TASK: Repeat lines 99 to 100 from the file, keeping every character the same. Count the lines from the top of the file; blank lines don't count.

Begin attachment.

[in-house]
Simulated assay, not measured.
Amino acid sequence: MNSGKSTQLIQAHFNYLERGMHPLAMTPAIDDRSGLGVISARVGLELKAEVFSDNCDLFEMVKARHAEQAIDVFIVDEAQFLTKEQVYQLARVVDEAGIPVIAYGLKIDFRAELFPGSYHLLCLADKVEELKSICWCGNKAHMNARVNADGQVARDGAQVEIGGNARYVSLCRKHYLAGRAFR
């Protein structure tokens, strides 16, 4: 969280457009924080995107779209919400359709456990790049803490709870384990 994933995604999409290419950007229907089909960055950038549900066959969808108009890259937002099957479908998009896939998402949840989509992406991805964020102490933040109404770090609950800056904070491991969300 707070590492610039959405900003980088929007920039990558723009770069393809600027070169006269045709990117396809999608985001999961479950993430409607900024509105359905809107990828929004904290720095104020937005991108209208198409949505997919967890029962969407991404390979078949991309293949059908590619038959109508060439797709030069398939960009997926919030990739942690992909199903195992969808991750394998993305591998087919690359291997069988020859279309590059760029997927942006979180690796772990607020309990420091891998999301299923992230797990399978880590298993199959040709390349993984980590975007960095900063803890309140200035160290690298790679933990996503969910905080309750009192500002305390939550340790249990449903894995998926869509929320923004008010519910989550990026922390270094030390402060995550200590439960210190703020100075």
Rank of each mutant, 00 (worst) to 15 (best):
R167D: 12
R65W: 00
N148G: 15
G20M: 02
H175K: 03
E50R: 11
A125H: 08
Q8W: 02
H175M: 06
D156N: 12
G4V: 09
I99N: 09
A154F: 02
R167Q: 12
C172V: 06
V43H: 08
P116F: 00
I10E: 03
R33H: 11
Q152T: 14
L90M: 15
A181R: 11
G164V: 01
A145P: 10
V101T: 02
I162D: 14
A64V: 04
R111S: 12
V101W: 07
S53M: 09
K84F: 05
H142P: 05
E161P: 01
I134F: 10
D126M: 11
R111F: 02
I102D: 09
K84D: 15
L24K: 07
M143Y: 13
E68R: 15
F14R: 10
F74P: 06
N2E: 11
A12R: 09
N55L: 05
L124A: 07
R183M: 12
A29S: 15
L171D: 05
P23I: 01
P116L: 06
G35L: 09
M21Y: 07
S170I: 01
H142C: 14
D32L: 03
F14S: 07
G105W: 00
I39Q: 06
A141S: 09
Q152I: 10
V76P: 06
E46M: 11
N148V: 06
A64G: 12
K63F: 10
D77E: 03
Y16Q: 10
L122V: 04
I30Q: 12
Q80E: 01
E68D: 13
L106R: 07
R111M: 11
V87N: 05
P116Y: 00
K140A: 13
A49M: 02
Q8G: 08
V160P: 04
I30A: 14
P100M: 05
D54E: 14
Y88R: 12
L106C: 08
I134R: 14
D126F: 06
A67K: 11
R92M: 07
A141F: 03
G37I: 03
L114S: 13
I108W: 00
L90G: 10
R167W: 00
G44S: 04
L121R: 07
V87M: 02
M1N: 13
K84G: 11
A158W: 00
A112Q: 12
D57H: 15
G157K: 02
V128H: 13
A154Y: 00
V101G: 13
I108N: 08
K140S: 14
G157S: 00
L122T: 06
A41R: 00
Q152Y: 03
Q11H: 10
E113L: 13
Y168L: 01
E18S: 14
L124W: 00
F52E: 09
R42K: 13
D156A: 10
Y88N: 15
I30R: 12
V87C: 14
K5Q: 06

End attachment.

I108W: 00
L90G: 10